History of Japanese tea export

In 1610, the Dutch East India Company imported tea through Hirado, and this was the very first time that Japanese tea was exported. After the arrival of Commodore Perry and the Black Ships, friendship and amenity treaties were signed with many nations and this had a significant impact on the export of tea. In 1859, 181 tons were shipped overseas, and by this time it was treated as an important export product. The revenues from the tea trade would in time also prove to be a valuable asset when funding Japan’s industrialisation. As illustrated in the diagram below, exports grew rapidly between 1859 and the beginning of the Meiji period (1868).

Situation of the export of Japanese tea (1859 - Meiji)

At the time, statistics of tea exports were not recorded by any governmental institution and during some periods, the export figures even exceed the recorded total production volume. Slightly odd figures aside, it is clear that great effort was made to send as much tea as possible overseas. The graph below depicts the export volumes between 1883 and 1965.

Situation of the export of Japanese tea (after the Meiji Restoration)

As the graph above shows, the export of tea decreased dramatically during World War II. However, tea was chosen as a return gift to the United States for the aid received after the war, and this put the tea production back on its wheels. During the best times of the post war era, as much as 15,000 tons were shipped overseas. This triggered the development of the tea industry, but the advance of Chinese tea and an appreciating yen caused Japanese tea to loose competitiveness on the international market, and this in combination with a growing domestic demand led to a rapid decrease in exports.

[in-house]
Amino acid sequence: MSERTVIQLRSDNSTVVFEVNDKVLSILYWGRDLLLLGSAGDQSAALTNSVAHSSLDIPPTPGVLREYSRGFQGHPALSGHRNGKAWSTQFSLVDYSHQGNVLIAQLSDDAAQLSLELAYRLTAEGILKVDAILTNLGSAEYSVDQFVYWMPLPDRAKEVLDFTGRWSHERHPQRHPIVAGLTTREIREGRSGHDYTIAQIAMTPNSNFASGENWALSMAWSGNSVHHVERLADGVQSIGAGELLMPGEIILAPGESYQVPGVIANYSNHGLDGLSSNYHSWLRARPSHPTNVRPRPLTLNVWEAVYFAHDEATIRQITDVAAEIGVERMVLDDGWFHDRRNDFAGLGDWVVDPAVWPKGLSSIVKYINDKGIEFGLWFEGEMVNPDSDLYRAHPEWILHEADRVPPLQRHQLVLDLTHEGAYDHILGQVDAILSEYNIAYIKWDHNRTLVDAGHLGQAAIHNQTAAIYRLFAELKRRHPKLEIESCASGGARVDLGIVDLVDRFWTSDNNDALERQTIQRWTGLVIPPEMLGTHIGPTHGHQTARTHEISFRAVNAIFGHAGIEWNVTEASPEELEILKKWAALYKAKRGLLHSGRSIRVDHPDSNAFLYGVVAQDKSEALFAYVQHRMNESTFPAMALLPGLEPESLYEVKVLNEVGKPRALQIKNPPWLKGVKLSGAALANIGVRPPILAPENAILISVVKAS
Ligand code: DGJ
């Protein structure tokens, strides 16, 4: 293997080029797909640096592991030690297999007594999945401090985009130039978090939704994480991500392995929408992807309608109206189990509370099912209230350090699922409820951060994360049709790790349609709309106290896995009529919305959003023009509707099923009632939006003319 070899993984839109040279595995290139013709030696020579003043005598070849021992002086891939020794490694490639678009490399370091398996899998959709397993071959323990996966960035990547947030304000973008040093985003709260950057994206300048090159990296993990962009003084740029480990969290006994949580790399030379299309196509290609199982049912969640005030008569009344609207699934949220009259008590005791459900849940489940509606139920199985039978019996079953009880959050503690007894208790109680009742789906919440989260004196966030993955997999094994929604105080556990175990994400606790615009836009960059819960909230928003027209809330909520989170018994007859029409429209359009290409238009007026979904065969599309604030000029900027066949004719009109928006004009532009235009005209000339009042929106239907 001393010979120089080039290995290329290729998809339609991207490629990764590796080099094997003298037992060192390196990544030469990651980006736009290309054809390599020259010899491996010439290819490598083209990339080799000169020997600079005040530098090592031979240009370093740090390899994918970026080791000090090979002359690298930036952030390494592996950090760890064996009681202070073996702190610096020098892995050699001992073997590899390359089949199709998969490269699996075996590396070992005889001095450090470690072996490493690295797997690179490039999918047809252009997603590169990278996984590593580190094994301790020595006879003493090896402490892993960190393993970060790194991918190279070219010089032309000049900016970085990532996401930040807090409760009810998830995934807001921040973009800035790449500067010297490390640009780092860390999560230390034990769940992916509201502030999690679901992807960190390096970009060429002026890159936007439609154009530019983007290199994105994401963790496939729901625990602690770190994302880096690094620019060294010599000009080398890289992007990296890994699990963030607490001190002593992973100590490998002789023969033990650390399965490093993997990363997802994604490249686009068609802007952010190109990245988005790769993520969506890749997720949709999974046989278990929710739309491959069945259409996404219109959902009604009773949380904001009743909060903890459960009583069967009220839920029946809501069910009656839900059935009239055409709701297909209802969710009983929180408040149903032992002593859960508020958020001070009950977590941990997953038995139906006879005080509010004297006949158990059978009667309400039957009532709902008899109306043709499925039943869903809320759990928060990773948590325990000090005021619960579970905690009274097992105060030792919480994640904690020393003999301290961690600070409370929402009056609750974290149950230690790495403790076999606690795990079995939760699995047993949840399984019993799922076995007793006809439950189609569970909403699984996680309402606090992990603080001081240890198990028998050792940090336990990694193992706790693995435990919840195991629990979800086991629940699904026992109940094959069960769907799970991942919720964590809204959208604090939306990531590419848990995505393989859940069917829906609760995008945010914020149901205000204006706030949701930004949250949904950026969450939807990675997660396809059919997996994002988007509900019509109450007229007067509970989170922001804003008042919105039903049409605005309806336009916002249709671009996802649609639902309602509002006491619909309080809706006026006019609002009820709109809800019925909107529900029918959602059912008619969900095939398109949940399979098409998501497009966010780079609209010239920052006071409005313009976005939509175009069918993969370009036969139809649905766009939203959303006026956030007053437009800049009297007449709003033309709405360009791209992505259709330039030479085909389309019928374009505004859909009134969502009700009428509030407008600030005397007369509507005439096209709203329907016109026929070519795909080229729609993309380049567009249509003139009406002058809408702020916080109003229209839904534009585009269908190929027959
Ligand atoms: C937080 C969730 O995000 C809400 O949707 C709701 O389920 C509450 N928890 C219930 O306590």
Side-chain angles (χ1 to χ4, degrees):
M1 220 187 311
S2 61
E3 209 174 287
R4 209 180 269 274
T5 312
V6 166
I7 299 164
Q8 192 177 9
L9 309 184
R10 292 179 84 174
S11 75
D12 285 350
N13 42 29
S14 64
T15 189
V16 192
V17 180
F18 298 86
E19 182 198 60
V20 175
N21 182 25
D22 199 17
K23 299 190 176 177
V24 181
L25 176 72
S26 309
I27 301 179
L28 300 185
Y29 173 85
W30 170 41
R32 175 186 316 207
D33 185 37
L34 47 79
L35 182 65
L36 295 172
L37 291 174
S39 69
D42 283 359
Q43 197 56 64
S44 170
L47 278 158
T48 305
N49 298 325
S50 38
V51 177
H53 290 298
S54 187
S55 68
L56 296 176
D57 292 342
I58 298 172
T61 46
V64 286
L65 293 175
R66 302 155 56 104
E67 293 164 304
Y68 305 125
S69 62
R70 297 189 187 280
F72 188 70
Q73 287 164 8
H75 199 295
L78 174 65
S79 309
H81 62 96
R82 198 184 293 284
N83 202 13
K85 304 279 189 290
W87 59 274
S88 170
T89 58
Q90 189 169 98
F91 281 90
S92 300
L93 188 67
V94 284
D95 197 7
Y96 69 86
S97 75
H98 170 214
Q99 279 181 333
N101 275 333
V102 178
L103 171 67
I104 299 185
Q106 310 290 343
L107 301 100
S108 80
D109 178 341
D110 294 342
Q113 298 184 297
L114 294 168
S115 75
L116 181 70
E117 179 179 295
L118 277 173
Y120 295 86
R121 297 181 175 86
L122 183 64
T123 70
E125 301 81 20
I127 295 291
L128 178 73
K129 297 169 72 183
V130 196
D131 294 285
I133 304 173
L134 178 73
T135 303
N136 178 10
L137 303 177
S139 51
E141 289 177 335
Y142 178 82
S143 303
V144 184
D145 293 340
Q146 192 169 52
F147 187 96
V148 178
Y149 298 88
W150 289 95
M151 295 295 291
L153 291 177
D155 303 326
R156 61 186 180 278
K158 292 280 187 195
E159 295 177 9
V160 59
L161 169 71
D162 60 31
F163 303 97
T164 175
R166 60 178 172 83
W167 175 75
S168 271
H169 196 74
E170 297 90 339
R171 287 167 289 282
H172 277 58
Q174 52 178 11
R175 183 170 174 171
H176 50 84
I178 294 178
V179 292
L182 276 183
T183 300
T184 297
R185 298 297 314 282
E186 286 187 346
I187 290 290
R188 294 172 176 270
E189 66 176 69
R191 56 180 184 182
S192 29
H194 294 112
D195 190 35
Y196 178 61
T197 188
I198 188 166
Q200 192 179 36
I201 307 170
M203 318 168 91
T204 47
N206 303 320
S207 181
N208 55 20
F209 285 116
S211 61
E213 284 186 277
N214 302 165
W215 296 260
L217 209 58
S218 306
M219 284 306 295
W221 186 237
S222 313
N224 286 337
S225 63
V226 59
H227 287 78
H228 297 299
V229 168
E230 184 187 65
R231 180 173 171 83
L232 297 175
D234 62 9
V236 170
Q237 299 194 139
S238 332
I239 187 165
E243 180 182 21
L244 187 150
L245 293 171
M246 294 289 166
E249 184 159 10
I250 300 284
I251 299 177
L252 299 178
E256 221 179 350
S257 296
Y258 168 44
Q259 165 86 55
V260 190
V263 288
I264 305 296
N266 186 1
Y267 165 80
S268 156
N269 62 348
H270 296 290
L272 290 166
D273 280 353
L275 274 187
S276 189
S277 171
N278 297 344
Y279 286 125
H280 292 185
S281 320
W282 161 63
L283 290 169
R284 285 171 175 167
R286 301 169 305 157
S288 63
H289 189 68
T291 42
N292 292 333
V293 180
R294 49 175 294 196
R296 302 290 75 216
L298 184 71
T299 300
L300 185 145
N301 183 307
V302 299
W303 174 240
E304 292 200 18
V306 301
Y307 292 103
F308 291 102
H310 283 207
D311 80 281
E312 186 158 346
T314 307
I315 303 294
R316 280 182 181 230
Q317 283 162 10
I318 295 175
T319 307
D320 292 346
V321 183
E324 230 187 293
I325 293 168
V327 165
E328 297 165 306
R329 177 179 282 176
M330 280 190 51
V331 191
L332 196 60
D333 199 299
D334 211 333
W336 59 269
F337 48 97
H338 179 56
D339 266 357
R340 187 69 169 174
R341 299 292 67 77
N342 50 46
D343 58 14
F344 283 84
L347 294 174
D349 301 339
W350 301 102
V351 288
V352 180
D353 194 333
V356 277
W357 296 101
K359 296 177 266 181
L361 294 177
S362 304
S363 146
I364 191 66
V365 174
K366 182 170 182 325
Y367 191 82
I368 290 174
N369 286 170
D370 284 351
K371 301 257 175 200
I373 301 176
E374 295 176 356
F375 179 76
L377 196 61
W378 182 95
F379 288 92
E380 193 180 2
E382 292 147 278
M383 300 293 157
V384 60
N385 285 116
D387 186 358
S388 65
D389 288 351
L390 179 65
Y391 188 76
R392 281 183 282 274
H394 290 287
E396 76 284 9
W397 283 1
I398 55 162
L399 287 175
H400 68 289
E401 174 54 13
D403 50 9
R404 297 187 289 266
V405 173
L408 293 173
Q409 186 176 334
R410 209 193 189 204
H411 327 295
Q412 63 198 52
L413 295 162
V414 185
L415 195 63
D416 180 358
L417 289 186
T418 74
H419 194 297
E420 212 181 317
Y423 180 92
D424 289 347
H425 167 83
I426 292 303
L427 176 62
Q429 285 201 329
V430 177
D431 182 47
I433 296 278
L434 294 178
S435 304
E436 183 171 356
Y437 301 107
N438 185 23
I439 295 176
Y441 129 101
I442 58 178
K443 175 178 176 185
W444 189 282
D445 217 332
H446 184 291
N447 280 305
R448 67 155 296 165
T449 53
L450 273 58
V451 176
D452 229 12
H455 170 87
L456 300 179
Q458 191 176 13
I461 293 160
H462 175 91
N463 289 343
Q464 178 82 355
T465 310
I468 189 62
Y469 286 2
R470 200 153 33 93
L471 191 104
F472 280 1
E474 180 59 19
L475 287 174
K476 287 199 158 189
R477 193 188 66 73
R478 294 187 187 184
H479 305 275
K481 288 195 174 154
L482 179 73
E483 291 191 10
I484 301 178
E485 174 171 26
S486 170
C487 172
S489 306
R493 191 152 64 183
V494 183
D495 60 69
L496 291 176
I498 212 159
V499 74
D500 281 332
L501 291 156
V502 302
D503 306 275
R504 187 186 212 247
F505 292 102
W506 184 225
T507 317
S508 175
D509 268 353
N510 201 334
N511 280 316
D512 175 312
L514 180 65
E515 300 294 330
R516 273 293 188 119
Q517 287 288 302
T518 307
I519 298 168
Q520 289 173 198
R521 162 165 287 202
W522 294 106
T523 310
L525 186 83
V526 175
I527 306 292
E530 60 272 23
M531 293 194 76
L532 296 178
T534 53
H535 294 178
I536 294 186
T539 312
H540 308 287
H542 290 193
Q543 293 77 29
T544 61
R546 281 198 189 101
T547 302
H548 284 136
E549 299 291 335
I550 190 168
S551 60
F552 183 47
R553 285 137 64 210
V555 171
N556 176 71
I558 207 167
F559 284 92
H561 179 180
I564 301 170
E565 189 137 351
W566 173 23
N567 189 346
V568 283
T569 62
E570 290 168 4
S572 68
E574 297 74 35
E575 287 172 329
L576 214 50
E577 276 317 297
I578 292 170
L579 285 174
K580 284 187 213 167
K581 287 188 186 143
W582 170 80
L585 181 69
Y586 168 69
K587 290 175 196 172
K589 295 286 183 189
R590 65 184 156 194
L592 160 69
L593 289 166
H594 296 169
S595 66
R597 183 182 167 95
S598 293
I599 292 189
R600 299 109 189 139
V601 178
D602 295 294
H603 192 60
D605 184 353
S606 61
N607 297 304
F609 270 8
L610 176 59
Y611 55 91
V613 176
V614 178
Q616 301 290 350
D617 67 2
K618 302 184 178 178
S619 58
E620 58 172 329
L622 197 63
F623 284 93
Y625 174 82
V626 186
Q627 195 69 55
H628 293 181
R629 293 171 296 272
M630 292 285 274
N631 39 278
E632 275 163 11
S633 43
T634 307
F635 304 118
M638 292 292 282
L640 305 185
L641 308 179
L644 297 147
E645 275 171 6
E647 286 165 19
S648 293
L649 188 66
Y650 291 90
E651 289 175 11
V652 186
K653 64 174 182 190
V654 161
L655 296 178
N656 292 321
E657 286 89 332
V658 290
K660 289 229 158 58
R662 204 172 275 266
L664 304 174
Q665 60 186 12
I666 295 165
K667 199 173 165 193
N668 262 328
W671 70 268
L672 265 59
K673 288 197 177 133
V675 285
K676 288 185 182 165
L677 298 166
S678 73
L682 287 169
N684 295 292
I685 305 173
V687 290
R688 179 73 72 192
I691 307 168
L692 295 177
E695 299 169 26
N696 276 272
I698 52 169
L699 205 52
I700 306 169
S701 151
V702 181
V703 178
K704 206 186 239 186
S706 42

Issues for the export of Japanese tea

One of the great challenges for Japanese tea is of course to make sure that domestic demand recover. Here we can expect some results of the activities of Nihoncha Instructor Association, one of our member organisations. However, in order to increase demand, there is a need to face the following challenges regarding exports.

1. There is a need to raise the popularity of Japanese tea (unfortunately it is relatively unknown in many parts of the world)
2. The standards regarding trace levels of agricultural chemicals that are used in Japan does not apply in various countries that employ a positive list system.
3. The structure of domestic production is not developed to deal with these difficulties.

Japan Tea Export Council work actively to take on the above challenges and to create a more favourable environment for tea exports.

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